At the village, you will see locals go about their normal activity, mostly revolving around their precious rice, from harvesting to pounding to winnowing. These are Ifugaos, not the g-string-wearing types anymore, but still moving in age-old simplicity. Be very polite about taking pictures, most of them are wary of photography.
The trek to Tappiya Falls is an exhausting flight up and down the terraces, and then along the rocky trail carved along the mountainside. If you’re not very confident about being surefooted, this may not be for you.
But the view at the end of the hike is well worth the effort. Tappiya is a powerful waterfall, as mighty as it is postcard-perfect. A dip into its ice-cold waters seemed to be a good idea after the tiresome walk, Lester and I took the plunge, shrieking in the temperature. But the waters had a calming effect. We were cleansed of the day’s grime and heat, and after several minutes of alternately submerging our heads and bodies, we were ready again for the trek back.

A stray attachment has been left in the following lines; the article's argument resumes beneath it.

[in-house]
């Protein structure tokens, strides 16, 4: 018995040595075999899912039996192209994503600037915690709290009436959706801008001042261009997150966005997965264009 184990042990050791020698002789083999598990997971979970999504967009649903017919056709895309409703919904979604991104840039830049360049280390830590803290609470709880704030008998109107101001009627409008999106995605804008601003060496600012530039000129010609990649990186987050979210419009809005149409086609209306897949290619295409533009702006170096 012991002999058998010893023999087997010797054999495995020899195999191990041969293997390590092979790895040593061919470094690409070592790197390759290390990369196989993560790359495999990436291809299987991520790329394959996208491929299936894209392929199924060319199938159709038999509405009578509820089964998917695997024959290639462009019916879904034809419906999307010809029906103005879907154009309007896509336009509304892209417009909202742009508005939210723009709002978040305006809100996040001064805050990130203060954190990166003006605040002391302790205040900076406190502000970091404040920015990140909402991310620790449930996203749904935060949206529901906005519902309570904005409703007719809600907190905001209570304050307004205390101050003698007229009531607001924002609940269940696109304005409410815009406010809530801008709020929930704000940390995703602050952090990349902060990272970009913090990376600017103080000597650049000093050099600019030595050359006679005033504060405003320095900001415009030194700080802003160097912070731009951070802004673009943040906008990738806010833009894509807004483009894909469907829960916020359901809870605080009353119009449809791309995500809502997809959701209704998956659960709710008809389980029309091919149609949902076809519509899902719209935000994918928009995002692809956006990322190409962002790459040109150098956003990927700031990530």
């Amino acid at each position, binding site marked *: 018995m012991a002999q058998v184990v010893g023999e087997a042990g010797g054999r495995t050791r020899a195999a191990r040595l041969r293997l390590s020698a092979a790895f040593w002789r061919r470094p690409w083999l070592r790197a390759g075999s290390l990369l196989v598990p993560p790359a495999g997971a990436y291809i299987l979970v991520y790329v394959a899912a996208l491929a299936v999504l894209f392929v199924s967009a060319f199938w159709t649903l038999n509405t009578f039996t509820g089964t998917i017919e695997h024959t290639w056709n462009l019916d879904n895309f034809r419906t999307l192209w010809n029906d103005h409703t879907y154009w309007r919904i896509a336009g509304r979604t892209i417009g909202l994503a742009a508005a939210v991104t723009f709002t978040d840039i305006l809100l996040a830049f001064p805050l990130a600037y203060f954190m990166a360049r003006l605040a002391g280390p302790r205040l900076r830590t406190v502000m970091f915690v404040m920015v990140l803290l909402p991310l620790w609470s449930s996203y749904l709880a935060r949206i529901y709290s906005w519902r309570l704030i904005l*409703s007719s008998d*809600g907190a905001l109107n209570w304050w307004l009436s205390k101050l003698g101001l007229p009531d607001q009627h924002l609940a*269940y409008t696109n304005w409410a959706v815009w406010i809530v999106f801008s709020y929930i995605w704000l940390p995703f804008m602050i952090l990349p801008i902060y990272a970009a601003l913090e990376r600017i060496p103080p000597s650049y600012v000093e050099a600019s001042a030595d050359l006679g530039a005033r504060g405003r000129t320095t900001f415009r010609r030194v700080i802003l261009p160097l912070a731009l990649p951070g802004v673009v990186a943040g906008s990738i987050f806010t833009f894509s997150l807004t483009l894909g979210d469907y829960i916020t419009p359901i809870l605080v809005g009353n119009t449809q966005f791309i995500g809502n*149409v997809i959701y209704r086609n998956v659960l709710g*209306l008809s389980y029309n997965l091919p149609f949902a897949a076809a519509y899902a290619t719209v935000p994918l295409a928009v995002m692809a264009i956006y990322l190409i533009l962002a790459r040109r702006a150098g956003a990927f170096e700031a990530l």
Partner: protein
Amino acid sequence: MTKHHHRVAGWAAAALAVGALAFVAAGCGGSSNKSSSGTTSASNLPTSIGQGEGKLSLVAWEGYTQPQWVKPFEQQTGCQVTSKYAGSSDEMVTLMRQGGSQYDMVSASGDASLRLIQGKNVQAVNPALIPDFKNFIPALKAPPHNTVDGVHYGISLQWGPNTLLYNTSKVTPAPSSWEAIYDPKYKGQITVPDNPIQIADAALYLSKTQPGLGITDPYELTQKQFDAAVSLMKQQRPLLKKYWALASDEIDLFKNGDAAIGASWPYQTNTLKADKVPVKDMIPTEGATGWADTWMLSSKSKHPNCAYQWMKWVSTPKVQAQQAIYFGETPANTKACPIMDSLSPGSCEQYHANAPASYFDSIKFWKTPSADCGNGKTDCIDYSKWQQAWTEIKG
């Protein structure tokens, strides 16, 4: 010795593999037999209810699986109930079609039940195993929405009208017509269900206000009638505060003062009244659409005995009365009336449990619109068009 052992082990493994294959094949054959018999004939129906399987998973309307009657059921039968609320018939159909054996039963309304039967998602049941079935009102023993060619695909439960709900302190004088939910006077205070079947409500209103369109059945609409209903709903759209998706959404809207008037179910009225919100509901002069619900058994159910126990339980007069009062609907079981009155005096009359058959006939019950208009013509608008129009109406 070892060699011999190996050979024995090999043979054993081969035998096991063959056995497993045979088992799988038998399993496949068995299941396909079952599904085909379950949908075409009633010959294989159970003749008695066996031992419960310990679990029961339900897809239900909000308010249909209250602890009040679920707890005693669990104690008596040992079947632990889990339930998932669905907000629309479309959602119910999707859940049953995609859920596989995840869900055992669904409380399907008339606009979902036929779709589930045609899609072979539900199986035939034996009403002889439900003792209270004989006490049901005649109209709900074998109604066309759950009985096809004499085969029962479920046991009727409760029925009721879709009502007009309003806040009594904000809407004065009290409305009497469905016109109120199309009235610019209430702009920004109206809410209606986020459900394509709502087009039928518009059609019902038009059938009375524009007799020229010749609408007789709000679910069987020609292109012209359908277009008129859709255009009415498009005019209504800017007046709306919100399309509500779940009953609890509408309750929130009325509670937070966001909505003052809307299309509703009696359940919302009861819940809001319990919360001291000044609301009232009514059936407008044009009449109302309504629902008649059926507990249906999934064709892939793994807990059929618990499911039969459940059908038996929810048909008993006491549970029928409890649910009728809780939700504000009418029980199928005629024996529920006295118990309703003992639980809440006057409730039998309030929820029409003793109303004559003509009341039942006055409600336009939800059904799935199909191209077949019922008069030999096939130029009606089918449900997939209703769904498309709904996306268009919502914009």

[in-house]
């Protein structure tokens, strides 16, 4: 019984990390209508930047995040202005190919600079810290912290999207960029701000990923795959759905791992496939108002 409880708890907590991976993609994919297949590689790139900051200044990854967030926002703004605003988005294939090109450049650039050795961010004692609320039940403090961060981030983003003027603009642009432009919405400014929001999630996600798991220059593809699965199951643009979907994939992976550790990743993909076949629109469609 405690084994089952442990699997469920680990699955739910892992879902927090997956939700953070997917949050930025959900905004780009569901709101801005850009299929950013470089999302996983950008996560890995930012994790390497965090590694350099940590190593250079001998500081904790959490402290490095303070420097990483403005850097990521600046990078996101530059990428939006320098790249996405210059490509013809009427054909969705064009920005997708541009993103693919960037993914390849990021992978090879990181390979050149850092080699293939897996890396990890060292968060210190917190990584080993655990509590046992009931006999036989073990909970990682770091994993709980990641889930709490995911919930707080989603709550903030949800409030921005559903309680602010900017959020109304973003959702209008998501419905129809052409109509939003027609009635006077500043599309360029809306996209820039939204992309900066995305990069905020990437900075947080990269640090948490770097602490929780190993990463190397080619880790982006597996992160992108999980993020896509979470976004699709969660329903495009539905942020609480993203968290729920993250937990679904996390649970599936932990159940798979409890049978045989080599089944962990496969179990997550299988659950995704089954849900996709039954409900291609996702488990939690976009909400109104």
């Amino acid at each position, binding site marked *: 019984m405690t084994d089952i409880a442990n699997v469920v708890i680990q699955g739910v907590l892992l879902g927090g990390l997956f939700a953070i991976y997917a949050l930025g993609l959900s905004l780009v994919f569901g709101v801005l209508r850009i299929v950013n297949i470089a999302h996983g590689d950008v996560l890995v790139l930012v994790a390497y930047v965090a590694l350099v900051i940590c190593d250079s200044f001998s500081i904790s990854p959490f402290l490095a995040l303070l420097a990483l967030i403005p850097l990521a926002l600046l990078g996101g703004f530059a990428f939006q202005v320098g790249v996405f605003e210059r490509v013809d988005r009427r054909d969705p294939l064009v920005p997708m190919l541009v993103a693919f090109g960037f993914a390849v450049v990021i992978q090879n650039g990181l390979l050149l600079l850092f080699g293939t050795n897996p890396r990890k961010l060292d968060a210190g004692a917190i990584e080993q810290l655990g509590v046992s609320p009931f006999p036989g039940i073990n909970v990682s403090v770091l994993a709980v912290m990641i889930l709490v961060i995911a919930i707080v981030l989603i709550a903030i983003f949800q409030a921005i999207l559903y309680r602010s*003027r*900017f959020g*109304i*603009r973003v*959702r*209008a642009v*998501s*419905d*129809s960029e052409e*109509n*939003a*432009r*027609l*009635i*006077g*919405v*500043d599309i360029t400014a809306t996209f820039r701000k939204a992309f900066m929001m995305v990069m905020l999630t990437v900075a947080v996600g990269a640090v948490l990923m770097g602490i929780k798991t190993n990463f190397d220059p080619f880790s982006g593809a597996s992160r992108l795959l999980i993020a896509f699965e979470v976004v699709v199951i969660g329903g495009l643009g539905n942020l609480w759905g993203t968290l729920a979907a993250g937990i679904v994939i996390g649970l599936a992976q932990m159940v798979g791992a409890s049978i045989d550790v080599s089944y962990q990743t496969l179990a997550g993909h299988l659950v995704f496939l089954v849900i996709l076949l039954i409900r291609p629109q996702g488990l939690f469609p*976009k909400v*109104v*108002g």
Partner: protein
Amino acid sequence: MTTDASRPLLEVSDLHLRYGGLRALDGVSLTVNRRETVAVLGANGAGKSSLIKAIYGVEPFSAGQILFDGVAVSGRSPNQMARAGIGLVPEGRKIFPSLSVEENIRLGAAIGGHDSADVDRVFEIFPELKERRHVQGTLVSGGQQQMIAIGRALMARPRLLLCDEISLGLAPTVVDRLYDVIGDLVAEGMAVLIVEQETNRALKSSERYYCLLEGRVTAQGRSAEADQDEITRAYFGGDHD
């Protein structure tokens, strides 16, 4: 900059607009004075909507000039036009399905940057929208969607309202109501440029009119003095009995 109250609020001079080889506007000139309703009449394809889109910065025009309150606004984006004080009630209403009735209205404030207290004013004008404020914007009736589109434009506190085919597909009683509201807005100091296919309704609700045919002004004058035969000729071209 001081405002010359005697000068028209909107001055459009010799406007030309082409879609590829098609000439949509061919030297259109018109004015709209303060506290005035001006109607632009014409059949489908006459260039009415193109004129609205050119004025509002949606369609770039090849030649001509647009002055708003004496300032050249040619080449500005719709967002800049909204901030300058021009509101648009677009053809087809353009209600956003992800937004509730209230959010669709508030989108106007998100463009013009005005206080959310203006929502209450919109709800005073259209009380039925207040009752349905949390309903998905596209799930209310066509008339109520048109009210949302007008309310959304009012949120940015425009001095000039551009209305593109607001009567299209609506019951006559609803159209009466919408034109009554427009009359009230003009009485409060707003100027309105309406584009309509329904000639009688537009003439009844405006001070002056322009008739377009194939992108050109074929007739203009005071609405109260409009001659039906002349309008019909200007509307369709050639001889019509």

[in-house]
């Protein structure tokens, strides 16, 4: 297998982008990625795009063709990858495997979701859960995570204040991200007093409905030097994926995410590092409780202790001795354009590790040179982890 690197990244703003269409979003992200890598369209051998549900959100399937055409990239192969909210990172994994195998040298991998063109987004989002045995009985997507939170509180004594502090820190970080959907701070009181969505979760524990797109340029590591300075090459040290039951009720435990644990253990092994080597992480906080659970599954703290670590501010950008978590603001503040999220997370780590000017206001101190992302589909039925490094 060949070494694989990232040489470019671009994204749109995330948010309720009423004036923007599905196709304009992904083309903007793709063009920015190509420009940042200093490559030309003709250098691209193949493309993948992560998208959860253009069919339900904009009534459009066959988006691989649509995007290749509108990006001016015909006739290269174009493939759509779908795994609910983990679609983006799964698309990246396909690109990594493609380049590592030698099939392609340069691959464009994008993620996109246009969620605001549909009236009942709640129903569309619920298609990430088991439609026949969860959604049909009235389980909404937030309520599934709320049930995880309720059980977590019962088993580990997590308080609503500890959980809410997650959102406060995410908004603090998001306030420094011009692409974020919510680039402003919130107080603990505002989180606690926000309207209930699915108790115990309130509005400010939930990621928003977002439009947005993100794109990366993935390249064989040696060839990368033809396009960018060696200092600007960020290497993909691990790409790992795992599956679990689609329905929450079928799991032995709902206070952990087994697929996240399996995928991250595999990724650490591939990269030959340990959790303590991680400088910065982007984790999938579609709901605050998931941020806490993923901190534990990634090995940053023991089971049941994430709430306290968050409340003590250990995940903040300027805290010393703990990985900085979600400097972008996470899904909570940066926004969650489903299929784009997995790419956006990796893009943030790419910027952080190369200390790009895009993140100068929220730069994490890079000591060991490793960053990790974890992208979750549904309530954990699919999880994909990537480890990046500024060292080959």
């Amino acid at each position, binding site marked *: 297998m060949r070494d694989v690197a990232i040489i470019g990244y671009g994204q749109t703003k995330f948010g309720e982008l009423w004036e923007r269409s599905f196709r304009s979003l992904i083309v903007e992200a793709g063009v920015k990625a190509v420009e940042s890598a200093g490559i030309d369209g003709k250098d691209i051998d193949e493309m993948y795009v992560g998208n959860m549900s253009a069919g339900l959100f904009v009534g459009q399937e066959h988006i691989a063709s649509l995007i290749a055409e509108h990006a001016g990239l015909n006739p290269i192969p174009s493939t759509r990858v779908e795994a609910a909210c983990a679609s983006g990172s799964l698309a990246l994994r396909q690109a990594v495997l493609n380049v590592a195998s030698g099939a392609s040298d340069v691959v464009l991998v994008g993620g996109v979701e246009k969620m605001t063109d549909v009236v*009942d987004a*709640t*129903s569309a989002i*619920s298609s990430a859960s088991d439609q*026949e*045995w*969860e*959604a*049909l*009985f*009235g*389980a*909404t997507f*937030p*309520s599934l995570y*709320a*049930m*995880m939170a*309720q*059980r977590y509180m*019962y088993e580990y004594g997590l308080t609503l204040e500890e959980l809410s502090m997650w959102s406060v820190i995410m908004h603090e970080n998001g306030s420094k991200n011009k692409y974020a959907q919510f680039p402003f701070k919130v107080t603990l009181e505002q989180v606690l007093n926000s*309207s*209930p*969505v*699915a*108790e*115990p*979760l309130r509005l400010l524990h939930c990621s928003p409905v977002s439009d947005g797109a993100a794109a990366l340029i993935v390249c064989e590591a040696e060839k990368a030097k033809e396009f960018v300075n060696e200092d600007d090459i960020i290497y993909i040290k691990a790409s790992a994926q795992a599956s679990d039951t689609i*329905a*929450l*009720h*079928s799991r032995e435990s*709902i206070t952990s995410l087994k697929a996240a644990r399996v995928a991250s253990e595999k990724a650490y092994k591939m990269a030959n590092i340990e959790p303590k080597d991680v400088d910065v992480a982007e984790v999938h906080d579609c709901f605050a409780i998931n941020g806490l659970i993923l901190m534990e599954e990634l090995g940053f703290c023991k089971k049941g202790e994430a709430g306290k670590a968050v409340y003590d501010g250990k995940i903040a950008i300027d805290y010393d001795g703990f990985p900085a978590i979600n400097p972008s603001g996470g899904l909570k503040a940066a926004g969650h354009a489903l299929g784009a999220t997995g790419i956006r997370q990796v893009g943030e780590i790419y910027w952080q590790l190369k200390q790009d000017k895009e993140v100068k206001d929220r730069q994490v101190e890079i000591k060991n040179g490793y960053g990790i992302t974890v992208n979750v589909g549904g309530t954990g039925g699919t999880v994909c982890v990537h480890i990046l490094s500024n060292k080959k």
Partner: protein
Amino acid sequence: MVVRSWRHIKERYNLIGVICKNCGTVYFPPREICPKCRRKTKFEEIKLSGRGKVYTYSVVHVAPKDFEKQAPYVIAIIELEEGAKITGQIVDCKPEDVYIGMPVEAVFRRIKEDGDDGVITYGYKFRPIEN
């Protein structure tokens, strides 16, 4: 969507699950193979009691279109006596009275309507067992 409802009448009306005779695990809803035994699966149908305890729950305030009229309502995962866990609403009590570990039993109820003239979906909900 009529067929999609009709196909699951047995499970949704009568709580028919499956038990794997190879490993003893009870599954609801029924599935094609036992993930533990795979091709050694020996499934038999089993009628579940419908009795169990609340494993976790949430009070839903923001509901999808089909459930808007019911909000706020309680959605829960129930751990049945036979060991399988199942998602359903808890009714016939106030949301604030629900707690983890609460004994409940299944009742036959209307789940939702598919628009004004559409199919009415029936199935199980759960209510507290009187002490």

We were at the lodge by afternoon, for another round of lazy guitars and rice wine. With no less than the world-renowned Rice Terraces as our background, we couldn’t help but sigh: This is the life.
DAY 3. HOMEWARD BOUND. MONDAY.
At 9:00 every morning, by hook or by crook, a jeepney bound for the Banaue center leaves. At times, only two jeepneys are permitted to take the trip: depending on the number of passengers and goods. They have to make the most out of every round.
That morning, a lot of Caucasian backpackers were with us as the jeepney left. Another Php 150.00 each to the Banaue town proper.
The Autobus branch in Banaue is located a few minutes away from the town center. Luckily, we were allowed to hitch-hike as the jeepney we were riding went to tank up at the nearest gasoline depot, which was right beside the Autobus station. We reserved two tickets for the 6pm trip (the one and only deployment to Sampaloc/Cubao), closing our last necessary expense for the entire Batad sojourn.